Solving the Mysteries of Tipping
To tip or not to tip – or what to tip! Questions regarding tipping etiquette are some of the most common concerns travelers have when visiting a foreign country. To make matters even more confusing, there is no universal language for tipping; in fact, in some countries a tip is considered an insult or an act of arrogance. Unfortunately, there is not a straight-forward, yes or no, answer to the "tipping question." Instead, tipping is a highly personal subject – some people tip very generously and others choose not to tip at all. We strongly believe that in no case should it forced upon our clients. That said, tipping for services in South and Central America is very common and very much appreciated. If you are pleased with a service, here are some suggestions.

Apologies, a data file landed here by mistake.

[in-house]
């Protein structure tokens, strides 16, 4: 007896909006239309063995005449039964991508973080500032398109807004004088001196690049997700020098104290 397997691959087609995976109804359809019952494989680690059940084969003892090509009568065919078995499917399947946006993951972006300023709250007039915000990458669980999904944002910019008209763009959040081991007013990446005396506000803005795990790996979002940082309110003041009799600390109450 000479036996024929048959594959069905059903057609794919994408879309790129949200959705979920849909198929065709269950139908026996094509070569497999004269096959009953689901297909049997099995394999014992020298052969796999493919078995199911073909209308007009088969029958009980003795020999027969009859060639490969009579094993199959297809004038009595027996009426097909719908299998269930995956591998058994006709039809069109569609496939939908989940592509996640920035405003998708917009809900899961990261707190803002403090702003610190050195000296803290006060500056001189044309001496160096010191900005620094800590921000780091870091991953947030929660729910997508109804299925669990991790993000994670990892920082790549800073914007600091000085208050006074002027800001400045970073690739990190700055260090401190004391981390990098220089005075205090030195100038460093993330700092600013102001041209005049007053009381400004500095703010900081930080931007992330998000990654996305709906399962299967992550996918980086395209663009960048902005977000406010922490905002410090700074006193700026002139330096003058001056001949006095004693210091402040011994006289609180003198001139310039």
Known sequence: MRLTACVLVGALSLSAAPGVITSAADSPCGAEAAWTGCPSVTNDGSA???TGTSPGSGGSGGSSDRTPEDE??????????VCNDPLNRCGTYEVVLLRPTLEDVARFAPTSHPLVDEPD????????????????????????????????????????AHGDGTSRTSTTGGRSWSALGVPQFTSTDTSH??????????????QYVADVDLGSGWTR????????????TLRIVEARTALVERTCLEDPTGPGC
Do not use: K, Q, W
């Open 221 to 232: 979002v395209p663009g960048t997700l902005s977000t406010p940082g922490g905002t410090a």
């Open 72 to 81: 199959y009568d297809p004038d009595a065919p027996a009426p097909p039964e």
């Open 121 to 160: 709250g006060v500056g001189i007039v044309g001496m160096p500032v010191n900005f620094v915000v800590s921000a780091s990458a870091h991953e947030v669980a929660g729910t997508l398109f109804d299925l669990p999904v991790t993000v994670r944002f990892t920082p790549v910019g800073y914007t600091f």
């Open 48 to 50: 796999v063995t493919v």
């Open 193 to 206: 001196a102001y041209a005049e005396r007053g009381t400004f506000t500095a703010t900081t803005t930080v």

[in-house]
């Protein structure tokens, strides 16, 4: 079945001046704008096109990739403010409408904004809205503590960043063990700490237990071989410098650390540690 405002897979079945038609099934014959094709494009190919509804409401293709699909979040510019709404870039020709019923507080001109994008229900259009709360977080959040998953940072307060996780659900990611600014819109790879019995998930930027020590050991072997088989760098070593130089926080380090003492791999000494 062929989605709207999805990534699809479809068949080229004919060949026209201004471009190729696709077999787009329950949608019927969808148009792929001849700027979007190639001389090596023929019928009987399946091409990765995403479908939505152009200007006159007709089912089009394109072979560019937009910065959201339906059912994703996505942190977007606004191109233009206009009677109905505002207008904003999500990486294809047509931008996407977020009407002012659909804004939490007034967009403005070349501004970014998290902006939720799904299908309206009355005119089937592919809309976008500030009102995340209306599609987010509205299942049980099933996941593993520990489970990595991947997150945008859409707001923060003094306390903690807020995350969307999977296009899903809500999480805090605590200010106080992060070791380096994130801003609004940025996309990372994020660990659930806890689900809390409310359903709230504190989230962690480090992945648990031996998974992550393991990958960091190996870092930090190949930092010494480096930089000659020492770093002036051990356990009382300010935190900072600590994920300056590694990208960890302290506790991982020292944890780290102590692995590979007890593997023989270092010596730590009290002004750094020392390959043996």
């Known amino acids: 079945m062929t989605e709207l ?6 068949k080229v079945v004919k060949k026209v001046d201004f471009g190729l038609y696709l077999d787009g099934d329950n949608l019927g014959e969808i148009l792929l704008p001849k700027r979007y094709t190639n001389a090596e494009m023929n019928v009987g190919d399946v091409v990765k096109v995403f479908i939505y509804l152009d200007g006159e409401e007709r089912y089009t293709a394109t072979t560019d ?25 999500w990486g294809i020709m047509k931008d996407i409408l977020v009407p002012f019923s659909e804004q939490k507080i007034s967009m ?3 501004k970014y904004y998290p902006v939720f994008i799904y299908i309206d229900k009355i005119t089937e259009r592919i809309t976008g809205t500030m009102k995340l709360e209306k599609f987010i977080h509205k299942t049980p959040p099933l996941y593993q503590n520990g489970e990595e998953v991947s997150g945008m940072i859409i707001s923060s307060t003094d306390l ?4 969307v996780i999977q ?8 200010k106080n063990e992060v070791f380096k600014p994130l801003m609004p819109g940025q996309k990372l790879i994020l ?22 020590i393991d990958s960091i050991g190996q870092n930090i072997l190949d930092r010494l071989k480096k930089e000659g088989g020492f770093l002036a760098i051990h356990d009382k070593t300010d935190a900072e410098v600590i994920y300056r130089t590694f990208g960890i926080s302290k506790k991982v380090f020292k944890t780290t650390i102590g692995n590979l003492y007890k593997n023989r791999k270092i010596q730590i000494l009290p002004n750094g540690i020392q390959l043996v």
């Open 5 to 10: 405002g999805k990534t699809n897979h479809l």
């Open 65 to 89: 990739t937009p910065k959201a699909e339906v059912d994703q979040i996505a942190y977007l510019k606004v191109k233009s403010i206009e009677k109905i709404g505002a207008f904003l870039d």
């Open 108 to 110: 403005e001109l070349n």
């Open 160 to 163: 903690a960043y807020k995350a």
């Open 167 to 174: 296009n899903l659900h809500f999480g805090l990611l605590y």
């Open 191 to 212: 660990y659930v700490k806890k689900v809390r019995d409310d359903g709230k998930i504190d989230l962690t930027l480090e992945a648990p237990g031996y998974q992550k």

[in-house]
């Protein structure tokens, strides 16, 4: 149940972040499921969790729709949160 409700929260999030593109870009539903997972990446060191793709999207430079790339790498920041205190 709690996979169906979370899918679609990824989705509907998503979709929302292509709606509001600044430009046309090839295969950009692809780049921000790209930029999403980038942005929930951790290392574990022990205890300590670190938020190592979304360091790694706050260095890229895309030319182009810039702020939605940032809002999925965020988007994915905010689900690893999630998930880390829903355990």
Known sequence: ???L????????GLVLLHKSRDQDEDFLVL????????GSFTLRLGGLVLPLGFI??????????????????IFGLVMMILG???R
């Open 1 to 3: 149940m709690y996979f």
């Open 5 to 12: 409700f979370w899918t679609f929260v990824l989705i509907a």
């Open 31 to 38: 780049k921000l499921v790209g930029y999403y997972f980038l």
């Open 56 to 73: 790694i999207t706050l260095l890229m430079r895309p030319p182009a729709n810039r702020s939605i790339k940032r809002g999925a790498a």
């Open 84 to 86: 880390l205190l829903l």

- Restaurants -- 10% of the bill
- Hotel/airport portage -- US$1 per suitcase, per person
- Local guides -- US$5-8 per day, per person
- Cooks and Porters -- US$2-3 per day, per person
- Driver for tours -- US$3 per day, per person
- Guides in Galapagos -- US$5-10 per day, per person
- Cruise crew -- US$10 per day per person for entire crew
- Guides, crew & staff, Antarctica -- US$10-20 per day, per person
Rest assured – if you have reservations or are confused about tipping you are not alone. Whatever you feel comfortable with is usually the best rule of thumb. But we recommend that each traveler comes prepared with at least 20 to 30 US$1 bills for tipping. As in any situation you might find at home, if you feel someone has provided exceptional service, any small gift of extra tip is graciously accepted. But bottom line, remember that tipping is at your discretion.